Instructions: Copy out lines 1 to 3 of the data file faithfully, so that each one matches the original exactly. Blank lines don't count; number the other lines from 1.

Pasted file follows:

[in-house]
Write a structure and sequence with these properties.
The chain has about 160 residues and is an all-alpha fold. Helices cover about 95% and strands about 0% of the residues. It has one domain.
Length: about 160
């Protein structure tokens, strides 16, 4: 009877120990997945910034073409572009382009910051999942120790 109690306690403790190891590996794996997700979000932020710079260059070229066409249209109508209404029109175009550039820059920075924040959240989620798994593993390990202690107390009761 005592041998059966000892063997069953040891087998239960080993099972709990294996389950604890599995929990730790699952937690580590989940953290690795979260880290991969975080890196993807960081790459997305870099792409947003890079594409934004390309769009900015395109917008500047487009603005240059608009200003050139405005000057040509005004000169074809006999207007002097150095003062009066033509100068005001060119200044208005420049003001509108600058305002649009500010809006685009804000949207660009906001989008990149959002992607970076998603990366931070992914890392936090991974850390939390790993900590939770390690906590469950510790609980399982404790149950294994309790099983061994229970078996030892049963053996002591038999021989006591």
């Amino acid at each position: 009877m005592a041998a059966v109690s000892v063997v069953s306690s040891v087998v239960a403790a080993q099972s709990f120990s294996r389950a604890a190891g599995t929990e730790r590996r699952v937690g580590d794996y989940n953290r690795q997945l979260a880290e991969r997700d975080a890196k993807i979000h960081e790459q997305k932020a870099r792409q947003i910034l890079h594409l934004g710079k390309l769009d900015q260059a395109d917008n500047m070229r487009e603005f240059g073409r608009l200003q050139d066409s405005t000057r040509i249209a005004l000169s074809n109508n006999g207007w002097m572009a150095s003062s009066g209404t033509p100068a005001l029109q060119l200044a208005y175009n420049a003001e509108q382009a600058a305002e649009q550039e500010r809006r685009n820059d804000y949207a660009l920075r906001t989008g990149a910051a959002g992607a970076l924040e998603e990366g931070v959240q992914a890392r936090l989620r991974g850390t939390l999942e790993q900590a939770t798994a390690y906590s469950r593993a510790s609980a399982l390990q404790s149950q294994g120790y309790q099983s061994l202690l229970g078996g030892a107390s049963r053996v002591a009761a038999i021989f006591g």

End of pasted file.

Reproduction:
[in-house]
Write a structure and sequence with these properties.
The chain has about 160 residues and is an all-alpha fold. Helices cover about 95% and strands about 0% of the residues. It has one domain.